1. clivewilliams profile image72
      clivewilliamsposted 5 years agoin reply to this

      Thats are doing well here. I think your eBooks will do great too.

  10. psycheskinner profile image83
    psycheskinnerposted 5 years ago

    Createspace no longer exists, now KDP Print is the only option.

  11. Glenn Stok profile image97
    Glenn Stokposted 5 years ago

    Clive, I just noticed this thread with your question.

    I have five paperback and Kindle books published using Lulu and Kindle Direct Publishing (KDP used to be Create Space).

    To answer your original question comparing KDP to HubPages — based on my experience I find that writing articles online has become a decent small business for my retirement, but I make very little money from my books.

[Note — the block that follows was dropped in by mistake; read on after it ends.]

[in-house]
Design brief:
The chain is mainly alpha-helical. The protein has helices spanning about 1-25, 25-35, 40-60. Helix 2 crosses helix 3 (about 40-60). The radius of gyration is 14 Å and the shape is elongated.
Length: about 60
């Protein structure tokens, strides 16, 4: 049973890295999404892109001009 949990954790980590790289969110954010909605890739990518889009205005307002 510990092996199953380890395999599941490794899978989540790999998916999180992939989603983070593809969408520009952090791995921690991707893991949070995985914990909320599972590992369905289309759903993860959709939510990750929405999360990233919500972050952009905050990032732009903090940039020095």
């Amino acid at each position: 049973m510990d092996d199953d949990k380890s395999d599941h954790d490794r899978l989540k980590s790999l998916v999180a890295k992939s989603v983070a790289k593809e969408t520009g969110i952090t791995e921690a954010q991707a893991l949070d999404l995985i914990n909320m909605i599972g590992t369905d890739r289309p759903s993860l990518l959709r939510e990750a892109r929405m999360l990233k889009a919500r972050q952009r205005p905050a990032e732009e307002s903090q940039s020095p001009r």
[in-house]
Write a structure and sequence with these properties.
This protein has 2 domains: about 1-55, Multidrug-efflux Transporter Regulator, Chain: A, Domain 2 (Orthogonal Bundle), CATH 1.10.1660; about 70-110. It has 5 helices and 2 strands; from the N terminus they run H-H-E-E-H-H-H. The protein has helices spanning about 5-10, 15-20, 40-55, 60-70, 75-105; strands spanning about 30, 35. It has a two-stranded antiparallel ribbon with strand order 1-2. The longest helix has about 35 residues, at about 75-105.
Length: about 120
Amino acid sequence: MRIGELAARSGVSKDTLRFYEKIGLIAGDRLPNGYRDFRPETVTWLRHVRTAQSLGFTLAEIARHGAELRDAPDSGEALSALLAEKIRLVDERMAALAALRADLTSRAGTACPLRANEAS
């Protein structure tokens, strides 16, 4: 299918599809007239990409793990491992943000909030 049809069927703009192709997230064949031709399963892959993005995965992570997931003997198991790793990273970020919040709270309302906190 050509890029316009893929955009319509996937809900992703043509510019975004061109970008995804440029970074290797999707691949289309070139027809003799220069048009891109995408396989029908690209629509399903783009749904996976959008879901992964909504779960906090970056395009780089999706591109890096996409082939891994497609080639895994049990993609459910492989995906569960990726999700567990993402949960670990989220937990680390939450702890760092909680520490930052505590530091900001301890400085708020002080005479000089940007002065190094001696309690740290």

I recently added two children’s books on KDP and have yet to see any sales. It’s not easy. But that doesn’t mean that others can’t do well.

    I believe in order to make money selling books, one needs to be a well-known author. It also helps to have a book about a unique subject that fills a special niche that others will want to promote.

    We have more options to get readers with online content, such as using SEO techniques, proper APA style for titles and citations, and displaying Expertise Authority and Trust (EAT) in our bio — according to Google’s guidelines.

    Make Google happy and your articles get a good ranking. But there is no easy way to get books displayed to more people. I think another issue is that people need to pay for books, but reading online is free when ads are used for monetization. So we get more potential readers with online content. That’s how I see it.

    I wrote a couple of hubs explaining the details of self-publishing with KDP that you can find in the spotlight on my profile page.

    1. clivewilliams profile image72
      clivewilliamsposted 5 years agoin reply to this

      I see, I have a few books on KDP....but only made a few dollars.